Former U.N. Ambassador John Bolton, a senior fellow at the American Enterprise Institute, joined Breitbart News Daily with SiriusXM host Stephen K. Bannon to talk about the anti-Trump open letter that 50 Republican national security leaders signed.
“I think many of them are, in that letter and more broadly, are extrapolating from things that he said, and taking them to a level that he himself believes – whether it’s on trade, or NATO, or a number of other things,” said Bolton. “He’s giving somewhat different emphases, but going back in his speech to the Nixon Center now, several months back – look, he’s clearly in the mainstream of Republican foreign policy thinking.”
“I don’t agree with him on everything. Nobody agrees with anybody on everything, to be sure,” Bolton added. “But the notion that somehow disagreements that people may have with him on the Republican side make him somehow unqualified, or less of a president than Hillary Clinton, I just find mind-boggling.”
Bannon cited a new report from the UK Guardian about a major Chinese nuclear espionage case to argue that the escalating confrontation between China and the West is a security crisis on par with the war against Islamist terrorism.
“We’re gonna be in a shooting war there in several years; you can see it coming,” he said of the South China Sea, and wondered if the fifty Republicans who criticized Trump had forgotten about the Clintons’ disturbing ties to Chinese money, along with the many Chinese espionage scandals to emerge during Bill Clinton’s presidency.
Bolton zeroed in on one such case, the Loral scandal, which had some murmuring the word “treason” in the late nineties.
“I’m glad you mentioned Loral because that, to me, is the emblem of the Clinton administration’s loss of strategic thinking, just completely overtaken by commercial policy,” Bolton said, “as if all foreign policy is about doing business, without regard to defense or national security implications for the United States.”
I think this is where the mistake is made by the people signing that letter, and by many others who purport to be Republicans. The fact is that a Clinton presidency will be four more years of Barack Obama, and all of the things that you described, in terms of the collapse of positions of American strength – whether it’s in the South China Sea, across the broad Middle East, and you’re right to say it’s the whole region, or in Eastern Europe, or a number of other places we could talk about – is gonna get worse over four or eight years, if she’s President.
I think what Trump is saying that has some people upset in the trade area and in NATO is better understood by saying, “I can get a better deal. I’m a better negotiator. And I’m going to hold our allies to their commitment, better than administrations – Republican and Democrat – have in the past.”
Elaborating, he stated:
That doesn’t mean he’s against free trade; he said he’s in favor of it. It doesn’t mean he’s against NATO; he said he wants to strengthen it. But he says things in ways the Establishment has misread, in my view, sometimes deliberately, sometimes because they’re not paying attention.
“There are people on that list I have the highest respect for, and I make no apology for saying that,” he said of the Republicans who signed the anti-Trump letter, adding:
There are a lot of people on that list I’ve never even heard of before. And there are a substantial number of people on that list that I wouldn’t recommend to be in a future Republican administration if my life depended on it. So suddenly, a lot of people have become Republicans. I thought they were career civil servants, or they were academics, people who would serve honorably in either a Republican or Democratic administration. Now, they’ve suddenly come out of nowhere to say, “Actually, we’ve always been Republicans, and we’re against Trump.”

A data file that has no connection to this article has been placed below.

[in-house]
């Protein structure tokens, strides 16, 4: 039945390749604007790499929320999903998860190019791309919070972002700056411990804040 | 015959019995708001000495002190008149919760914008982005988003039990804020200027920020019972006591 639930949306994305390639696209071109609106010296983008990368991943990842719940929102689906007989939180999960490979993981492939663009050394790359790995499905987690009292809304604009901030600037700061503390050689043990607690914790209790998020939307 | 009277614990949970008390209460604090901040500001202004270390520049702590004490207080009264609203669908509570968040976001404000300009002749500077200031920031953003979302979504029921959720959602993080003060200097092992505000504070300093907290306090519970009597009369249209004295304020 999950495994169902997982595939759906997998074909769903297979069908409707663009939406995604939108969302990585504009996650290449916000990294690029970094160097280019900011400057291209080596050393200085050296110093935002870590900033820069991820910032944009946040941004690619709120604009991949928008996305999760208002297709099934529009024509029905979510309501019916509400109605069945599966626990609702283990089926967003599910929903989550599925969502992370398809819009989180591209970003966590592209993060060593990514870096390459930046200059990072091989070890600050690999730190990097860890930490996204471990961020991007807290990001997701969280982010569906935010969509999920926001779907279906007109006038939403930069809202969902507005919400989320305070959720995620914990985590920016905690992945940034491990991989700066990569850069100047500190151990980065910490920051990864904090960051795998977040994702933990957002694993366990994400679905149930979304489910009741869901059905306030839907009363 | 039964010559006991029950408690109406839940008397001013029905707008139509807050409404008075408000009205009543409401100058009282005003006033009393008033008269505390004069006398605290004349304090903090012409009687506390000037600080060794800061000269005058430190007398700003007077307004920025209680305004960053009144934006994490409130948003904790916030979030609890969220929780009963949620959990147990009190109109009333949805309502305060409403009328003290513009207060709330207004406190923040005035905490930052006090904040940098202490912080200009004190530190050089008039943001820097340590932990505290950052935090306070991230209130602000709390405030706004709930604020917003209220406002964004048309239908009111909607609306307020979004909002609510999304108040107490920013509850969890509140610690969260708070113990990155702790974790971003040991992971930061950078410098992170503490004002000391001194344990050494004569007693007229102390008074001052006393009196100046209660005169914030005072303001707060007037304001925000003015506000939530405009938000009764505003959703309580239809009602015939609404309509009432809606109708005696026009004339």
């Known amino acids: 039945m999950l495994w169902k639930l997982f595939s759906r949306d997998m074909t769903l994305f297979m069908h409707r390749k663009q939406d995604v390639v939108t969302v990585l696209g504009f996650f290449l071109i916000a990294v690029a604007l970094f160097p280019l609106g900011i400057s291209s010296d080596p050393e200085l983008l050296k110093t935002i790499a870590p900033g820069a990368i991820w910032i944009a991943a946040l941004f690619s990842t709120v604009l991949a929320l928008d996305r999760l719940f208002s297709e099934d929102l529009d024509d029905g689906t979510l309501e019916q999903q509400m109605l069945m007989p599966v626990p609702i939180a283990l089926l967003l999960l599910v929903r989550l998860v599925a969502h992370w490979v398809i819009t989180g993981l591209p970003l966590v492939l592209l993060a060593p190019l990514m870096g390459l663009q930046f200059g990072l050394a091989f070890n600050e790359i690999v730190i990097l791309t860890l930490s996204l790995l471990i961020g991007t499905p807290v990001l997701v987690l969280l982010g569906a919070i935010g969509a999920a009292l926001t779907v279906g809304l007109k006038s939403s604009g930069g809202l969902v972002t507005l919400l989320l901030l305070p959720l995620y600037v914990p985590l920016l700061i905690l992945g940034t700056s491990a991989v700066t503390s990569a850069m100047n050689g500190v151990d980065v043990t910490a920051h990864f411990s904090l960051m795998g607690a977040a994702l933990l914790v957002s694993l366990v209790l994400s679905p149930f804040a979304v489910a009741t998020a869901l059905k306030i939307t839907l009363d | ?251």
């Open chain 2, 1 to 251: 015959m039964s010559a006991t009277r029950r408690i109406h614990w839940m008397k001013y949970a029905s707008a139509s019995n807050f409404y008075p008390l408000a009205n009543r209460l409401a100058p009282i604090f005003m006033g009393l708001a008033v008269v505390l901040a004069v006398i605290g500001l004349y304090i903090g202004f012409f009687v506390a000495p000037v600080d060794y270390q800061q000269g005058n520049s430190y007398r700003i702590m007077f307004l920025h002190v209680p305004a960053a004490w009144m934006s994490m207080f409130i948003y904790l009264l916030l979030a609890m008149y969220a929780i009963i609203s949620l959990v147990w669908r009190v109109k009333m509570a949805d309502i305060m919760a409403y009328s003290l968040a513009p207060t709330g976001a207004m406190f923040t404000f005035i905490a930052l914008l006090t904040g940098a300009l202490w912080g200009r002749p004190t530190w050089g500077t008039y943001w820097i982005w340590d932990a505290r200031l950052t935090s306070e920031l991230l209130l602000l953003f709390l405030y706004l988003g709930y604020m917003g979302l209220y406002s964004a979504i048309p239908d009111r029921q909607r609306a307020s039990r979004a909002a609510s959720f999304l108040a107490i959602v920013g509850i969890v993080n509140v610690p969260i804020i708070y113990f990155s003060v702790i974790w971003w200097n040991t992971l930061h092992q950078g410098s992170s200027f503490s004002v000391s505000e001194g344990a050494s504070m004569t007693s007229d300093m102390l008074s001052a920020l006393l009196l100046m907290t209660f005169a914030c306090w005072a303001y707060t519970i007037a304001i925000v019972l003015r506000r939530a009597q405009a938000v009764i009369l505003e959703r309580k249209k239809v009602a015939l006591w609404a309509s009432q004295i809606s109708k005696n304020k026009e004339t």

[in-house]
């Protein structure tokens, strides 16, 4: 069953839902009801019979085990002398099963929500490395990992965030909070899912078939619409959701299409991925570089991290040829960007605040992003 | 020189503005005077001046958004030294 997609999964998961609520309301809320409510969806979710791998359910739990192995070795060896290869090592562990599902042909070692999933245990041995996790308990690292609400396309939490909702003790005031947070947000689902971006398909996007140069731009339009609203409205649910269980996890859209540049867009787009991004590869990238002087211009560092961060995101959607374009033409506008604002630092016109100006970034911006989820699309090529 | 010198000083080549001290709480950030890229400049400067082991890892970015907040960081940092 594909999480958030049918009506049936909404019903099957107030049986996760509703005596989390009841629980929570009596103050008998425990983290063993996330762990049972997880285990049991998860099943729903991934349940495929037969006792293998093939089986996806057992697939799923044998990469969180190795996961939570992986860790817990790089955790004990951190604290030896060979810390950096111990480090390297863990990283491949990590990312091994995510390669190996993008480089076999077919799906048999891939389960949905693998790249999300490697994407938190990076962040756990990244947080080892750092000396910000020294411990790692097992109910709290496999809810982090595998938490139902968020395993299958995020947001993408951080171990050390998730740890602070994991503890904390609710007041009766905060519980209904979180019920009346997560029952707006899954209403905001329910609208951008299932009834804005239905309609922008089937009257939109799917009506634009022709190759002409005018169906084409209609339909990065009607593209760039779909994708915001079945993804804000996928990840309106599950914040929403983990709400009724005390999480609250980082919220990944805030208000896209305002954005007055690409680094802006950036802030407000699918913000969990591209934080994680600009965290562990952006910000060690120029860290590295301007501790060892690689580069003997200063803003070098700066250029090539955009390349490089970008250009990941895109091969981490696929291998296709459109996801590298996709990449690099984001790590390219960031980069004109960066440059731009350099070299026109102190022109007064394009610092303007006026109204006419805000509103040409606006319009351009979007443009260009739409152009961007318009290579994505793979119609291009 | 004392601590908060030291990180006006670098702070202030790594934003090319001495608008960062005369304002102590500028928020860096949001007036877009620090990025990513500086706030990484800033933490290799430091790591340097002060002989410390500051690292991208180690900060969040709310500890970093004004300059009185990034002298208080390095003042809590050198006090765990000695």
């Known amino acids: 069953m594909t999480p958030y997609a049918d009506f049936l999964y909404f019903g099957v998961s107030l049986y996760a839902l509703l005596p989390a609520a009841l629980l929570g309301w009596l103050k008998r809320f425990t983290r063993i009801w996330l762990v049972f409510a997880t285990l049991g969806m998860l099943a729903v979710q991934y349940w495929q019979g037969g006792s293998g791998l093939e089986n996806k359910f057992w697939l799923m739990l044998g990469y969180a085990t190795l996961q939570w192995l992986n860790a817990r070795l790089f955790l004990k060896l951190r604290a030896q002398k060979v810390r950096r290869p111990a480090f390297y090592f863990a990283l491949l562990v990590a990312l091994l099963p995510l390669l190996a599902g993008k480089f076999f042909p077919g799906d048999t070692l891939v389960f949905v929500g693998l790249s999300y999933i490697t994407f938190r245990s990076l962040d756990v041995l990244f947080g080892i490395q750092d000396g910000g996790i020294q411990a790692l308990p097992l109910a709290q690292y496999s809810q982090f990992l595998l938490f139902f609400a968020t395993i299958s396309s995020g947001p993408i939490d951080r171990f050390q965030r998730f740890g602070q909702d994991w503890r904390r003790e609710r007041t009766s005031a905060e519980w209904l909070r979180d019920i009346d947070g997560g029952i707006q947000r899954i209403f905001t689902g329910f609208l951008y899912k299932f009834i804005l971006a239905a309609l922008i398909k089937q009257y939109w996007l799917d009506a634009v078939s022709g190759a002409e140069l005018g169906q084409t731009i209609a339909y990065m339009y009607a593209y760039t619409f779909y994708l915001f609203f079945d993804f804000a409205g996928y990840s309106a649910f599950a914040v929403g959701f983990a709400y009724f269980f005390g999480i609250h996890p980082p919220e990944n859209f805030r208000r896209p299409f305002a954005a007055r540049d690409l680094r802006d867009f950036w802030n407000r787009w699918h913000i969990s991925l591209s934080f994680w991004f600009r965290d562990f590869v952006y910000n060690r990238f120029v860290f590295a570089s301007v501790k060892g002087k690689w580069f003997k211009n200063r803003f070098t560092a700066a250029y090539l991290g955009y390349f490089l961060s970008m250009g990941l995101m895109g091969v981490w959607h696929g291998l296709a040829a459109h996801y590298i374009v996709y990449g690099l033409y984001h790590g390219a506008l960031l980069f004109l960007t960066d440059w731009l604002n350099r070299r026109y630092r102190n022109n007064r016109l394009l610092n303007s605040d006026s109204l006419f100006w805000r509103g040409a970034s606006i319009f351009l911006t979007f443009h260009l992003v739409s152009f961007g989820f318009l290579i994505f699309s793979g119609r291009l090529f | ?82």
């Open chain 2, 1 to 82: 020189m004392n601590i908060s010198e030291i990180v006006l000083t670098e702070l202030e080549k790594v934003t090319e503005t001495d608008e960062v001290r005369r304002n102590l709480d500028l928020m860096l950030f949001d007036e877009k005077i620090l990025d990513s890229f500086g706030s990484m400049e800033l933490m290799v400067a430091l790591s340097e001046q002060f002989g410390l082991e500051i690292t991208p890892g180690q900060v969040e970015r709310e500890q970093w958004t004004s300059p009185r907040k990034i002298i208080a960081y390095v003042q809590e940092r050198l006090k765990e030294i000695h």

A skeptical Bolton said:
I think that the media is obviously fastening on this because they want to show the Republican party in disarray. And there are some Republicans who are backing Hillary; there’s no doubt about it. But a lot of this list are people who are truly surprises to me, that they even think of themselves as Republican, and haven’t admitted it before – except at the point where they can sign a letter critical of Trump.
Bannon recalled that in a previous Breitbart News Daily appearance, Bolton was strongly critical of Trump’s position on NATO, and asked if he thought any of Trump’s deviations from traditional foreign policy “would lead people to say he’s unfit to be President of the United States.”
“Well, I think it would be helpful if he stressed more that his opposition, in the trade area, is not to free trade; it’s to countries that commit to free trade and then practice a mercantilist foreign policy that hurts the United States,” Bolton replied. “I think the point he has identified is that the State Department’s U.S. trade representatives are congenitally unable to say that other countries are violating their trade obligations.”
“I saw this all the time in the arms-control area,” he said. “If the point is that, if you’re going to sign a free trade agreement, you ought to live up to it – nobody’s going to dispute that. That’s the point he ought to emphasize.”
And on NATO – look, he’s saying, “I think the NATO allies ought to do what they committed to do, and I’m going to be more effective at getting them to do it than decades of officials in both political parties, who say they want the NATO allies to bear their fair share of the defense burden, but who have been remarkably unsuccessful in getting them to do it.”
“What’s wrong with getting them to say, if they agree they’re going to spend 2% of their GNP on defense, by God, we’re going to insist that they do it?” he asked. “That’s what Trump is saying. I don’t see how you can object to that.”
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